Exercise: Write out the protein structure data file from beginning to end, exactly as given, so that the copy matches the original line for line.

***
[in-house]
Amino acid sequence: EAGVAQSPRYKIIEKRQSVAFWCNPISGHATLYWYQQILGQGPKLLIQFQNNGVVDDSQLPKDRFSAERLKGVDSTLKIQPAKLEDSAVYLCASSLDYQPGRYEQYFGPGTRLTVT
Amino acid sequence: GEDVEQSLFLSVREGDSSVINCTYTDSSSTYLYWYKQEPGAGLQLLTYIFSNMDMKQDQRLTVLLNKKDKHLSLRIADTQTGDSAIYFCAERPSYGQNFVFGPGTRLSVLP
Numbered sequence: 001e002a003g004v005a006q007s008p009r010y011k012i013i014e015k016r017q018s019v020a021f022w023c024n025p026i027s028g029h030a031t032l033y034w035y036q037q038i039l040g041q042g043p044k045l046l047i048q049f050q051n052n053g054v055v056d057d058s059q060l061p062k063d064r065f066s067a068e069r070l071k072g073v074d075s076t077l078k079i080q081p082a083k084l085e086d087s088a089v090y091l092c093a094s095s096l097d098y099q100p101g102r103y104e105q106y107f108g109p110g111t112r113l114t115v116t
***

[in-house]
Amino acid sequence: EAGVAQSPRYKIIEKRQSVAFWCNPISGHATLYWYQQILGQGPKLLIQFQNNGVVDDSQLPKDRFSAERLKGVDSTLKIQPAKLEDSAVYLCASSLDYQPGRYEQYFGPGTRLTVT
Amino acid sequence: GEDVEQSLFLSVREGDSSVINCTYTDSSSTYLYWYKQEPGAGLQLLTYIFSNMDMKQDQRLTVLLNKKDKHLSLRIADTQTGDSAIYFCAERPSYGQNFVFGPGTRLSVLP
Numbered sequence: 001e002a003g004v005a006q007s008p009r010y011k012i013i014e015k016r017q018s019v020a021f022w023c024n025p026i027s028g029h030a031t032l033y034w035y036q037q038i039l040g041q042g043p044k045l046l047i048q049f050q051n052n053g054v055v056d057d058s059q060l061p062k063d064r065f066s067a068e069r070l071k072g073v074d075s076t077l078k079i080q081p082a083k084l085e086d087s088a089v090y091l092c093a094s095s096l097d098y099q100p101g102r103y104e105q106y107f108g109p110g111t112r113l114t115v116t